Remembering this will keep you from getting obsessively sucked into meaningless arguments online. There’s no point. You offered value with your post. Some will reject it. The only reason to interact with them further is if that interaction will provide further value. Perhaps you believe you might learn more about their perspective by engaging them. Perhaps you want to use the interaction as a stage for conveying ideas to lurkers. Perhaps you just enjoy trolling. Whatever the reason, make sure there is one. Not every comment deserves a reply.
3. Don’t Hesitate to Block Someone
There’s a popular sense on social media that one must endure any abuse, allow any comment, or welcome any post in order to signal the virtue of tolerance. That’s a pile of horse manure. While the digital platform may be unique, the fundamental nature of social media proves similar to any other human interaction. If someone charged into your home, church, or place of business and started shouting insults, disrupting proceedings, or otherwise acting in an inappropriate manner, you would kick them out. You would be right to do so, and it would not detract from your degree of social tolerance. Being tolerant and enduring abuse are not the same thing.
Further, even if the person conducted themselves with some degree of respect but otherwise proved incompatible with your venue — like a klansman showing up at a NAACP event — you would be within your right to bounce them. The same applies to social media. Everyone has a right to speak, but not necessarily to be heard.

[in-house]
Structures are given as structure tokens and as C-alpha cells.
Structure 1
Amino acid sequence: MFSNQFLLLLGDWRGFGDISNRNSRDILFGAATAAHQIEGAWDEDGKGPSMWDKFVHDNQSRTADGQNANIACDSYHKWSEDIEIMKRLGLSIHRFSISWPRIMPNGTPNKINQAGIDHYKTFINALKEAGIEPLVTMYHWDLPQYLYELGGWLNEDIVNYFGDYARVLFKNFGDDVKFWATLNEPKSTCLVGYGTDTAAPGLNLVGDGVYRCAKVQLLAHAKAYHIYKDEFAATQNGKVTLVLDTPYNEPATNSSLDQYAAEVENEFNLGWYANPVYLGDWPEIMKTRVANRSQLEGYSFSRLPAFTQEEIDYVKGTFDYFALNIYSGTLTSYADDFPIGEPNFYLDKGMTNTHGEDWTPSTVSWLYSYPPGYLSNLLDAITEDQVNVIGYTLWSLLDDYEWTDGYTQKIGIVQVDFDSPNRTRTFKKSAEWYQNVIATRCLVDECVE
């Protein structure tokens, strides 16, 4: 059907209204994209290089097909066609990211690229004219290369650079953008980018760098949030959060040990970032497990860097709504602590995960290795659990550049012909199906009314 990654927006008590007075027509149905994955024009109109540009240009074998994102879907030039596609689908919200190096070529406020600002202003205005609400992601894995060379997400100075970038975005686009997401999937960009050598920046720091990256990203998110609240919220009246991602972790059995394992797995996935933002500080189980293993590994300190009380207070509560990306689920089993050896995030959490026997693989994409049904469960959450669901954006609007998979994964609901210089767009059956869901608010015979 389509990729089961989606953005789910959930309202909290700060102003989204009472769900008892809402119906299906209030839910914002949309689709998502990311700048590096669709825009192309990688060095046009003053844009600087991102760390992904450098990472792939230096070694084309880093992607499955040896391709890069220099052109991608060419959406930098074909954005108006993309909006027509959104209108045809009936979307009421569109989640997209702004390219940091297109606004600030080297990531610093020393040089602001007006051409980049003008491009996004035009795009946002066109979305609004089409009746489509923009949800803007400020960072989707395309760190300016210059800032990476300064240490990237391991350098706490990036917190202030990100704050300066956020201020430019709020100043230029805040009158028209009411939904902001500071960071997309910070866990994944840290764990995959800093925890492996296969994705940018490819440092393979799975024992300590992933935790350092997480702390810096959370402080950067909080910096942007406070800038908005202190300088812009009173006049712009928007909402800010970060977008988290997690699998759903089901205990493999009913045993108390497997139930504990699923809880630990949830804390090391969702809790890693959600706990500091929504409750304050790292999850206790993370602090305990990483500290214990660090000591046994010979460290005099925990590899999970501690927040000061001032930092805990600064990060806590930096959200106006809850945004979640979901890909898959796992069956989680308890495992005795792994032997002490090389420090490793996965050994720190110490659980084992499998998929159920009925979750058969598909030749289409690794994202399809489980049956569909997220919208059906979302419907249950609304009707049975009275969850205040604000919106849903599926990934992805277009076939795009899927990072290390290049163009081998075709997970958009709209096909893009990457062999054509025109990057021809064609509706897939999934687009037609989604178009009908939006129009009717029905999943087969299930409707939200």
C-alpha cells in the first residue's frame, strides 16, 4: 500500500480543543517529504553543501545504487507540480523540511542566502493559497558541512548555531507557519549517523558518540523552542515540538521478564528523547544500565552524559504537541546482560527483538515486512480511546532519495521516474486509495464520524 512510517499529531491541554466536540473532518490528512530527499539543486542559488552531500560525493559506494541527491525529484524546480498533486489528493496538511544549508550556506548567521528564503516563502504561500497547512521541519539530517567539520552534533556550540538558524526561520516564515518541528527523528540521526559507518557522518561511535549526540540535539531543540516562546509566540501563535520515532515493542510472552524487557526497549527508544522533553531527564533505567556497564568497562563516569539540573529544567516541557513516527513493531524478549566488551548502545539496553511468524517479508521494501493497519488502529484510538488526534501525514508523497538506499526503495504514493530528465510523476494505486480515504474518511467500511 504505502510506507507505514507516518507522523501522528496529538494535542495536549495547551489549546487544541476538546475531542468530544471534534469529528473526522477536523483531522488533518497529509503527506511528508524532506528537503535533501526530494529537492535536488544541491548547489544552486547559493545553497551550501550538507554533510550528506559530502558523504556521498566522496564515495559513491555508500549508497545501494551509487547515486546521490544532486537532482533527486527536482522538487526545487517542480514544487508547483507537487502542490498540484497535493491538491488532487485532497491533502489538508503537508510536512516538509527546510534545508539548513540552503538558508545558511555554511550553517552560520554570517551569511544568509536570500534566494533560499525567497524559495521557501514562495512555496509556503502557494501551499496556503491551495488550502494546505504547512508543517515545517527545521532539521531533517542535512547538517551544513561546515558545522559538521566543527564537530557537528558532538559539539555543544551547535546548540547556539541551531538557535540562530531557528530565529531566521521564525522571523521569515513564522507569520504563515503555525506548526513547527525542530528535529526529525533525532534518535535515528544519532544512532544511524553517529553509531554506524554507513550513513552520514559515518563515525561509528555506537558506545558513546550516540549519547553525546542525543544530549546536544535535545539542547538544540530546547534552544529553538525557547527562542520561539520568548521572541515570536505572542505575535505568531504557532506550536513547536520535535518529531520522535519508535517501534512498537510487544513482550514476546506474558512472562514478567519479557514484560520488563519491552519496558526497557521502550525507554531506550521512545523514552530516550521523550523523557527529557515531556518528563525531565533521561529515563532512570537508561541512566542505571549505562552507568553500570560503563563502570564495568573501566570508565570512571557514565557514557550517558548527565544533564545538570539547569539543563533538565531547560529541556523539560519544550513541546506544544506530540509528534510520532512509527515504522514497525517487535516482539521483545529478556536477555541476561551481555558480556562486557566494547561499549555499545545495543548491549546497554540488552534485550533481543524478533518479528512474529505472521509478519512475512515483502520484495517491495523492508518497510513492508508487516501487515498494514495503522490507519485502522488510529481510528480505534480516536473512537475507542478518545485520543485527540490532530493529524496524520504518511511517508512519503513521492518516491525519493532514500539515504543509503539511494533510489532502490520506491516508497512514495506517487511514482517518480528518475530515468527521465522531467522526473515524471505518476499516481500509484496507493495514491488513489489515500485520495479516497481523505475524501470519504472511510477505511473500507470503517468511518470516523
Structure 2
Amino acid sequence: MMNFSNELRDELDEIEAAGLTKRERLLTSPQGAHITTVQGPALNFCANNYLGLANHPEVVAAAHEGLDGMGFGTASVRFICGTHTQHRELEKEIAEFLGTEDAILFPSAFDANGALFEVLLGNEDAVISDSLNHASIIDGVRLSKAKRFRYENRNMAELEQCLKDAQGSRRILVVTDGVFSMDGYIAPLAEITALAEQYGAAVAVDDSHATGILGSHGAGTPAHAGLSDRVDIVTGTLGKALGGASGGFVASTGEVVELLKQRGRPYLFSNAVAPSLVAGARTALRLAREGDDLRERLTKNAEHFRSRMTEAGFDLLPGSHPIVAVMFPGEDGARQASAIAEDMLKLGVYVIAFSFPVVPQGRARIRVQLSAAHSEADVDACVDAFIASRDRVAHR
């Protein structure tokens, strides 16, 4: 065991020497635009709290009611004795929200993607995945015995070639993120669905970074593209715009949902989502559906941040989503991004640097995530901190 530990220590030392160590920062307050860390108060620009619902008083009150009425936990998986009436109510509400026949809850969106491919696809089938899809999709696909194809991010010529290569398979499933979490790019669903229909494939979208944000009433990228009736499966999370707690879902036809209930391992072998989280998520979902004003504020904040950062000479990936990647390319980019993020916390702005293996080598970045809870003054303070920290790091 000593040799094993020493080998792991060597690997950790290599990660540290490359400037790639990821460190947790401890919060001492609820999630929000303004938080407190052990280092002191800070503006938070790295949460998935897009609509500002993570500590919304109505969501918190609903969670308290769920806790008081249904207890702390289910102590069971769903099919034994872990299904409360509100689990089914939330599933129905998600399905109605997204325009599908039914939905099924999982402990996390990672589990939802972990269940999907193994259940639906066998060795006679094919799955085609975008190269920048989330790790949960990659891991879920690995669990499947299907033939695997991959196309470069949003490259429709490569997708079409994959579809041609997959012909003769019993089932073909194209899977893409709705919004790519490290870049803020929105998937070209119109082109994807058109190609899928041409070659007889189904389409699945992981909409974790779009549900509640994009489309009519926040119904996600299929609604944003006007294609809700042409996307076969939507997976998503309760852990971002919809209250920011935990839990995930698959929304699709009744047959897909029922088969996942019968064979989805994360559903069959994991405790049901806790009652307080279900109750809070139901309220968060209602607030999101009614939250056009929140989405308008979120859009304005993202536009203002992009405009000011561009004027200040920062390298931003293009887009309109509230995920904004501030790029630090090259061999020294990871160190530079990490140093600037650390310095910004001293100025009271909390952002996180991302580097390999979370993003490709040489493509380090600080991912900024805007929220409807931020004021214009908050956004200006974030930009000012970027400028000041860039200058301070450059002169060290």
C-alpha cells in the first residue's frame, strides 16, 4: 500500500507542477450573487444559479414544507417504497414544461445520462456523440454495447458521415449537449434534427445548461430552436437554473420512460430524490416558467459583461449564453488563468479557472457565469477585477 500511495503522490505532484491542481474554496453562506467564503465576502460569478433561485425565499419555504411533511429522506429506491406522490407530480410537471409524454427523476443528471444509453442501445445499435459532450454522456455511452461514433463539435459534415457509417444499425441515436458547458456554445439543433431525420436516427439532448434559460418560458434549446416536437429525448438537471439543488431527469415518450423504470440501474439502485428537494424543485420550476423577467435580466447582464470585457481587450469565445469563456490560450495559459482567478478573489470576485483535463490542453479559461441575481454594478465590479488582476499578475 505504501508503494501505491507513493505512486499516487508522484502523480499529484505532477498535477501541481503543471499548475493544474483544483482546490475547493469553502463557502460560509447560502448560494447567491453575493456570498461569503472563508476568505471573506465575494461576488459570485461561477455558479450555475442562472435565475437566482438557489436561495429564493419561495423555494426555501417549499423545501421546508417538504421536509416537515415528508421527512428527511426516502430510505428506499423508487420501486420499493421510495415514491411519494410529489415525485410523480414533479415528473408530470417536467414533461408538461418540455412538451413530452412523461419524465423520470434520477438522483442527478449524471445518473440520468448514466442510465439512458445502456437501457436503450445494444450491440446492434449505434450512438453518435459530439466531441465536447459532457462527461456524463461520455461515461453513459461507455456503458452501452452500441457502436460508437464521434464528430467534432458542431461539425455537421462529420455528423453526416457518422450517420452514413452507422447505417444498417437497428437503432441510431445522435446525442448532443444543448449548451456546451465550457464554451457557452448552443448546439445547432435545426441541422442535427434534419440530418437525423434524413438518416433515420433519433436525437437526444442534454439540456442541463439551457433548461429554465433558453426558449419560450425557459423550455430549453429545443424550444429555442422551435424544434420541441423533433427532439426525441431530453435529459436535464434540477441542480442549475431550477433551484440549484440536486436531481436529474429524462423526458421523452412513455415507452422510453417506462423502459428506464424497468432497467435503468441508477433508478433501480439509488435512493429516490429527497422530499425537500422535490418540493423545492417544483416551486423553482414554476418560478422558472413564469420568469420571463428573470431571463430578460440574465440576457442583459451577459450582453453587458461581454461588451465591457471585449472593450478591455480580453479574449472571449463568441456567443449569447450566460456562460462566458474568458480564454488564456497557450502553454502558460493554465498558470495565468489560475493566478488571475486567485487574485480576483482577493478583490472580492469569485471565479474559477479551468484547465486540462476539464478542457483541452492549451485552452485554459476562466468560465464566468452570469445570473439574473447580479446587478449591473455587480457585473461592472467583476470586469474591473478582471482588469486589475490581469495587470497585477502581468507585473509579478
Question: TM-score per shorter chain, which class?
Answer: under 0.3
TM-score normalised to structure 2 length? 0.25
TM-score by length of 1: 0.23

4. Go Forth and Socialize
Armed with the above principles, you should be able to immediately improve your social media experience. It often translates to essentially ignoring people. That may seem rude. We may feel some sense of duty to read every comment and respond, especially if the comment proves critical. But we should keep in mind that we ignore most people in real life all the time. The overwhelming majority of human beings you come into contact with move by without an errant thought. Why should social media be any different? Unless there’s value in engaging them, unless you have something to offer which they want and something to gain in exchange, there is no point in wasting your time. Life is too short.
Eventually, as we get two or three decades of social media experience under our collective belt, we will develop a sense of etiquette not unlike that which governs physical interactions. As it stands, too many of us seem to confuse access with welcome. I can post a comment, so I should. I’m thinking it, so it must be important. Such reasoning rarely prevails when we’re physically talking to each other. Indeed, I’ve sat and had a friendly drink with people who were utter wretches online. That’s because their sense of decorum was never applied to social media. Eventually, hopefully, most of us will begin to approach social media as if it were any other interaction, treating each other with respect and restraint.